A more modern interpretation of this passage relates image to function. As God ruled all of creation, men and women were to rule as substitutional servants of God in the care of the earth. Given the social construction of gender and gender roles in antiquity, the God of Israel was always described as male. We have many anthropomorphic images ascribed to God, such as the face of God or the hand of God.
Rather than literal depictions, common descriptors are omnipotent (all-powerful), omniscient (all-knowing), and omnipresent. This latter concept coheres to the idea of transcendence, the ability to cross over the spatial areas of the known universe. Immanence is also a concept that at times the God of Israel manifested himself on earth in various ways to either save or punish his people. God utilized the prophets to urge repentance whenever they had sinned or neglected the commandments.
After the conquests of Alexander the Great (r. 336-323 BCE), Greek culture, Greek government, and Greek religion were introduced into the Eastern Mediterranean. Educated Jews could participate in the various schools of Greek philosophy. Philosophers promoted the concept of an original high god beyond the parameters of the physical universe and utilized the literary devices of allegory and metaphor. As a pure, good essence, this being did not create but emanated lower powers who were responsible for creation. This oneness of the highest god was unified throughout the universe, being present in nature, materiality, and in humans in the concept of the soul. This interconnectedness was achieved through the emanation of a divine aspect of logos ("rationality," sometimes translated as "word").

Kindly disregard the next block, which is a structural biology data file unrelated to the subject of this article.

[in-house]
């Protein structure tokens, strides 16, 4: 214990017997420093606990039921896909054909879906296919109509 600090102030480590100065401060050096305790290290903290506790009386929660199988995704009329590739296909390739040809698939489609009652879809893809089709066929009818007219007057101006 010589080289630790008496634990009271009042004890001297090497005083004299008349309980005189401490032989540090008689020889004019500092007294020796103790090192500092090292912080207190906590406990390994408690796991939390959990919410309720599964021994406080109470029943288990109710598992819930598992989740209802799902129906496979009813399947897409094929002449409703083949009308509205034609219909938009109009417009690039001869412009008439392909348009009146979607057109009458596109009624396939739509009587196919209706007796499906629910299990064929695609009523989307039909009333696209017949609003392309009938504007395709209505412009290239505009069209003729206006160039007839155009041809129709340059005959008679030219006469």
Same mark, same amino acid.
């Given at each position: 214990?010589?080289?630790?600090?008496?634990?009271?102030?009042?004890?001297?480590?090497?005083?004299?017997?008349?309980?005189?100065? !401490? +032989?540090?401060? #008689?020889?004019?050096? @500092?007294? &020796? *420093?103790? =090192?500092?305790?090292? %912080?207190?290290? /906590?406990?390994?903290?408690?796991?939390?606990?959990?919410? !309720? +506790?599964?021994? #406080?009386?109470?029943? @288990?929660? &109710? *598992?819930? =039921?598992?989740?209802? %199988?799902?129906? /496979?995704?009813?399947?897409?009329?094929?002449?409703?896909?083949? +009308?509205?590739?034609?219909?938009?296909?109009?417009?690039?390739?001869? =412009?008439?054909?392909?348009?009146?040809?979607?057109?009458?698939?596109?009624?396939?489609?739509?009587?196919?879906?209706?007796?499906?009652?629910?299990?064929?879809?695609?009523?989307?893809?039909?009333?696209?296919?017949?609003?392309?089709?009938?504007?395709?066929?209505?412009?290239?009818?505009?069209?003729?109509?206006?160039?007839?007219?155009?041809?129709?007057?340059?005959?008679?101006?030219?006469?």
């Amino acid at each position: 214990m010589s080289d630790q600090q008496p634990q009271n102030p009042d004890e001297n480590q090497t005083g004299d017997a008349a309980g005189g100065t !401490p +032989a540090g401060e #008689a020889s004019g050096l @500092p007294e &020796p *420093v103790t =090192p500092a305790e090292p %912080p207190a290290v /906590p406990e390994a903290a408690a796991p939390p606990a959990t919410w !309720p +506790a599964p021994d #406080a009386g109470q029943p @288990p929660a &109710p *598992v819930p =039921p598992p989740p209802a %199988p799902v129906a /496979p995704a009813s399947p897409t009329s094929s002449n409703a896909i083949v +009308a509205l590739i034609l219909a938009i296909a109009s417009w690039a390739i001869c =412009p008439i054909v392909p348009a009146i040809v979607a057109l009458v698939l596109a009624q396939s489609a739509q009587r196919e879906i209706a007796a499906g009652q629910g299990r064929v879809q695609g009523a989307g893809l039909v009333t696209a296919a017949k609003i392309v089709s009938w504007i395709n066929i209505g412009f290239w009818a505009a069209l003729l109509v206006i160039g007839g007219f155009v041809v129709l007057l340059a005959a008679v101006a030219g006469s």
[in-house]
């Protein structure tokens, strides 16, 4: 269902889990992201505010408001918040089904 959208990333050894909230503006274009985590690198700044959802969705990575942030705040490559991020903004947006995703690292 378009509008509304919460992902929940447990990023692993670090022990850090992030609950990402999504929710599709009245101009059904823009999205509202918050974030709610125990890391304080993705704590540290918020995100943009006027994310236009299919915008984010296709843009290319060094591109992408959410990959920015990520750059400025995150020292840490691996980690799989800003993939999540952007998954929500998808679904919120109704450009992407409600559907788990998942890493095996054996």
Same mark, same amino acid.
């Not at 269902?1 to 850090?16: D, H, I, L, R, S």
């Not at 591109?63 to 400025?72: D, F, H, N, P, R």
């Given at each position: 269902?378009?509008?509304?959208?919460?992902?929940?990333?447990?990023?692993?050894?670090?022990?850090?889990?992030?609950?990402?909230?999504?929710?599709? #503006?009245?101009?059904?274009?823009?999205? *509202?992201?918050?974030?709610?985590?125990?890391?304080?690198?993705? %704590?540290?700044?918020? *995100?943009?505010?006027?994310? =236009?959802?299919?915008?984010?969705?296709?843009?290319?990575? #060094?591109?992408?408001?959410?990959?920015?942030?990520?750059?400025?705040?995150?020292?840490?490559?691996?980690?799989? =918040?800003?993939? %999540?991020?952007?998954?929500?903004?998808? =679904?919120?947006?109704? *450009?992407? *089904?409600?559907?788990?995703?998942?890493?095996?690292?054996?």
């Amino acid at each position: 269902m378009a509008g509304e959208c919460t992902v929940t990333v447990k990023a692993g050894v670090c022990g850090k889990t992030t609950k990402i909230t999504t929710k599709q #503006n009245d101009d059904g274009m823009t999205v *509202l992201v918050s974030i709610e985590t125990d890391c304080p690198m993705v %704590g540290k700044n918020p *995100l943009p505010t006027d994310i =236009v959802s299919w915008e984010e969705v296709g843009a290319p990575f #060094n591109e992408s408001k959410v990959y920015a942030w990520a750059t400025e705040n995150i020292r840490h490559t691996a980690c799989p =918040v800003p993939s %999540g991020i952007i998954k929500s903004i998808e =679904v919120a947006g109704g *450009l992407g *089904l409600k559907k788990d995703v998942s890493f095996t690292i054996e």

The Jewish philosopher Philo of Alexandria (writing in the early decades of the 1st century CE), presented Judaism in light of Greek philosophical principles, claiming the same one high god as the God of Israel. Through allegory, Moses could be understood as the logos, who provided a system or reason and rationality through Mosaic Law.
Christianity: A Second God